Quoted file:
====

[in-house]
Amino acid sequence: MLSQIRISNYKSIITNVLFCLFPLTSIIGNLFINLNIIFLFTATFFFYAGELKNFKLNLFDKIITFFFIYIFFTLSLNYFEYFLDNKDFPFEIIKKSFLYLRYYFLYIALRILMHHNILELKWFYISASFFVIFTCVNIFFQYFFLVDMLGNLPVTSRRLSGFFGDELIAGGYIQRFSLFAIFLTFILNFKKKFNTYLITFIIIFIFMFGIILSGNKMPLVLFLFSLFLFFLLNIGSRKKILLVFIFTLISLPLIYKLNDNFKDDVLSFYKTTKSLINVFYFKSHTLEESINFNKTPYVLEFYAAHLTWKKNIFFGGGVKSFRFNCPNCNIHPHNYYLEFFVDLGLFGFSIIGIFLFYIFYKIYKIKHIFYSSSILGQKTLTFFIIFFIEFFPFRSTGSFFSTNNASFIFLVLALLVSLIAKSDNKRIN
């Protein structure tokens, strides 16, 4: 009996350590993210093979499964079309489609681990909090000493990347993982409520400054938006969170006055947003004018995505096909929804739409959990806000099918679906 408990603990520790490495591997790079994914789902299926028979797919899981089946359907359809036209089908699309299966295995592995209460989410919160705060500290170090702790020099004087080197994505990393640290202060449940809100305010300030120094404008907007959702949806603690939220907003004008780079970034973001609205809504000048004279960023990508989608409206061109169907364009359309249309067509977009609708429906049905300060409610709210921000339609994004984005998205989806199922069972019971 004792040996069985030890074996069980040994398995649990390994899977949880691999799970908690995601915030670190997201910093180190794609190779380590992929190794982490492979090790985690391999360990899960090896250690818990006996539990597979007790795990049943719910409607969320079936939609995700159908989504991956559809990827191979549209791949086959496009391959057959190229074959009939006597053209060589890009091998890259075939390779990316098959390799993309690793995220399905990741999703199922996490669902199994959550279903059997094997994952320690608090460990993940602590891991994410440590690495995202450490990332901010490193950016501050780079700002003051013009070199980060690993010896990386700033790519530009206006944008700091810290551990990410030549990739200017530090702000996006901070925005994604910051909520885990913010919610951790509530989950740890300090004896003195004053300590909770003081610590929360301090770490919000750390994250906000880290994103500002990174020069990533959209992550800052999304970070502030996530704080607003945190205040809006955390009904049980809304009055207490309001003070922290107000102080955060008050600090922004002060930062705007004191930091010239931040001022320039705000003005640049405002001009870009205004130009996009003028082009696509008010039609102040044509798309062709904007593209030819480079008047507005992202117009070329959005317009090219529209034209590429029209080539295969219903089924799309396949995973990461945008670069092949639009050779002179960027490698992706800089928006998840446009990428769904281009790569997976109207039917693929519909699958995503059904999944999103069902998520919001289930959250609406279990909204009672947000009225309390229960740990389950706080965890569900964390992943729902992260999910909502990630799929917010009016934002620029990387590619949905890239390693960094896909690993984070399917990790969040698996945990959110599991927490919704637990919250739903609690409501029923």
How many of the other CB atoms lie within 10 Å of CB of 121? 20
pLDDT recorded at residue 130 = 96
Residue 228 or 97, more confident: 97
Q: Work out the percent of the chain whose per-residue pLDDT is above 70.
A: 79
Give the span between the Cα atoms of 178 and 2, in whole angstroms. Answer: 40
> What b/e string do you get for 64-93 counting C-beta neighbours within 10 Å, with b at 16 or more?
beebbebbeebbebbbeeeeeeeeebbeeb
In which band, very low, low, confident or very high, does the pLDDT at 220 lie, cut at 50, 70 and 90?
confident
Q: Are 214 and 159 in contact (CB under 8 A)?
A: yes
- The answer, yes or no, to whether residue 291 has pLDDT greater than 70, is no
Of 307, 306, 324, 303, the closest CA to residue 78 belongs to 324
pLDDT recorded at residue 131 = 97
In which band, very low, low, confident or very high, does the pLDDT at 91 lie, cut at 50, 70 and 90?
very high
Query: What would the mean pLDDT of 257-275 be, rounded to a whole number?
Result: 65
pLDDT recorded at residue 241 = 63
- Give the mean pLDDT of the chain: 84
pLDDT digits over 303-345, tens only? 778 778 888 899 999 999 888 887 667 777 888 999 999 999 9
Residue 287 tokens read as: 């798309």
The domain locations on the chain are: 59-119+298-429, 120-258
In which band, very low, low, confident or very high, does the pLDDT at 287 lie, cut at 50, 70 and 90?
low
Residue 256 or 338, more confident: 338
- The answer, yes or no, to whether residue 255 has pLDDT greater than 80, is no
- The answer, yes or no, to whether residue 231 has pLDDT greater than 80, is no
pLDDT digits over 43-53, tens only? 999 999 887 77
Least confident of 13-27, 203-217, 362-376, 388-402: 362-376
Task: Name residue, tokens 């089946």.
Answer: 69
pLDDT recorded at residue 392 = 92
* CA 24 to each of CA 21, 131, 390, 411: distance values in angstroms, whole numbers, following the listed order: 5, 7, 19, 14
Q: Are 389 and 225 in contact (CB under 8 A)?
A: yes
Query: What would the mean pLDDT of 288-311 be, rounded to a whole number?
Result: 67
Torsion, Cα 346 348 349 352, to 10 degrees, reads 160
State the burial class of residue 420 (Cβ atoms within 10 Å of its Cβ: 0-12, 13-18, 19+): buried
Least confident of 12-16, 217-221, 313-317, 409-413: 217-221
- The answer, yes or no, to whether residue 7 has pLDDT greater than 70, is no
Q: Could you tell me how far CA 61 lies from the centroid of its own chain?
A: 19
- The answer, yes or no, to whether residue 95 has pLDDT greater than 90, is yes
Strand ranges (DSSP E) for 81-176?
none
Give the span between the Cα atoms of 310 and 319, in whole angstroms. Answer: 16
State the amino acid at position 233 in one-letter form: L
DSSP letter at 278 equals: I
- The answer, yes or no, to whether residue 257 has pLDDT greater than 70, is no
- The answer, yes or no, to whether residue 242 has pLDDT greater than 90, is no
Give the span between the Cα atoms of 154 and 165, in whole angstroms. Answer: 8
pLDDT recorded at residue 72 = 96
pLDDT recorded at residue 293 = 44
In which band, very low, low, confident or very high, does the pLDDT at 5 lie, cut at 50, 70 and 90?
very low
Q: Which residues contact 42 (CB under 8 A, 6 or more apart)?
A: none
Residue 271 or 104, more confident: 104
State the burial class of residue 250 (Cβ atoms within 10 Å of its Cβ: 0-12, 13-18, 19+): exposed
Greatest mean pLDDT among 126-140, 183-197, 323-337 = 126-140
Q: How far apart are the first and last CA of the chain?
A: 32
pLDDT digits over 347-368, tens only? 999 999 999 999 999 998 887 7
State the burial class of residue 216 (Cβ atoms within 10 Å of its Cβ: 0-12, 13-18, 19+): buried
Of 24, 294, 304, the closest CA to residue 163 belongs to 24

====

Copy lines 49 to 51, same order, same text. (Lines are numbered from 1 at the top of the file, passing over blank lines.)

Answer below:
- The answer, yes or no, to whether residue 95 has pLDDT greater than 90, is yes
Strand ranges (DSSP E) for 81-176?
none